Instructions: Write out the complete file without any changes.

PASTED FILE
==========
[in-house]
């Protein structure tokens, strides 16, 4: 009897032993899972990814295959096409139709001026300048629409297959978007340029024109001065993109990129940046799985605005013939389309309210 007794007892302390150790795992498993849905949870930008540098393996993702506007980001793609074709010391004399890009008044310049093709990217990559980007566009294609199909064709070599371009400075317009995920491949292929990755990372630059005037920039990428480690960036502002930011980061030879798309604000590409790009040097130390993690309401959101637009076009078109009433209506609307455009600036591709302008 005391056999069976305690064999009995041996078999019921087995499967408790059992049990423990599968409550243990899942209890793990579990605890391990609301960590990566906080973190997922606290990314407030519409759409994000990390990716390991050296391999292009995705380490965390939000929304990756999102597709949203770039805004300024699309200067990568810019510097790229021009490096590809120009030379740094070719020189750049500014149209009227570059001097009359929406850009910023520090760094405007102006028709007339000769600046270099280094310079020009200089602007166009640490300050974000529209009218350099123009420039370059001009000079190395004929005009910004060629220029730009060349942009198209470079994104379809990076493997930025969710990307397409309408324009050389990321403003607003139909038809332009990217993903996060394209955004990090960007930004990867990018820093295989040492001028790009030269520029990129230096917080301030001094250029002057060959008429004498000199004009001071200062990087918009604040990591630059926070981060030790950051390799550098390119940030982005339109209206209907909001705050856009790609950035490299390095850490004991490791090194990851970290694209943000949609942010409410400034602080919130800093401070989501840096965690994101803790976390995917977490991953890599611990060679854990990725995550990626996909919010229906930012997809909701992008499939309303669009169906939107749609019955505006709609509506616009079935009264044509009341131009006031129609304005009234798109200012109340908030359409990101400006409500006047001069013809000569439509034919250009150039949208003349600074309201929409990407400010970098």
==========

[in-house]
């Protein structure tokens, strides 16, 4: 009897032993899972990814295959096409139709001026300048629409297959978007340029024109001065993109990129940046799985605005013939389309309210 007794007892302390150790795992498993849905949870930008540098393996993702506007980001793609074709010391004399890009008044310049093709990217990559980007566009294609199909064709070599371009400075317009995920491949292929990755990372630059005037920039990428480690960036502002930011980061030879798309604000590409790009040097130390993690309401959101637009076009078109009433209506609307455009600036591709302008 005391056999069976305690064999009995041996078999019921087995499967408790059992049990423990599968409550243990899942209890793990579990605890391990609301960590990566906080973190997922606290990314407030519409759409994000990390990716390991050296391999292009995705380490965390939000929304990756999102597709949203770039805004300024699309200067990568810019510097790229021009490096590809120009030379740094070719020189750049500014149209009227570059001097009359929406850009910023520090760094405007102006028709007339000769600046270099280094310079020009200089602007166009640490300050974000529209009218350099123009420039370059001009000079190395004929005009910004060629220029730009060349942009198209470079994104379809990076493997930025969710990307397409309408324009050389990321403003607003139909038809332009990217993903996060394209955004990090960007930004990867990018820093295989040492001028790009030269520029990129230096917080301030001094250029002057060959008429004498000199004009001071200062990087918009604040990591630059926070981060030790950051390799550098390119940030982005339109209206209907909001705050856009790609950035490299390095850490004991490791090194990851970290694209943000949609942010409410400034602080919130800093401070989501840096965690994101803790976390995917977490991953890599611990060679854990990725995550990626996909919010229906930012997809909701992008499939309303669009169906939107749609019955505006709609509506616009079935009264044509009341131009006031129609304005009234798109200012109340908030359409990101400006409500006047001069013809000569439509034919250009150039949208003349600074309201929409990407400010970098």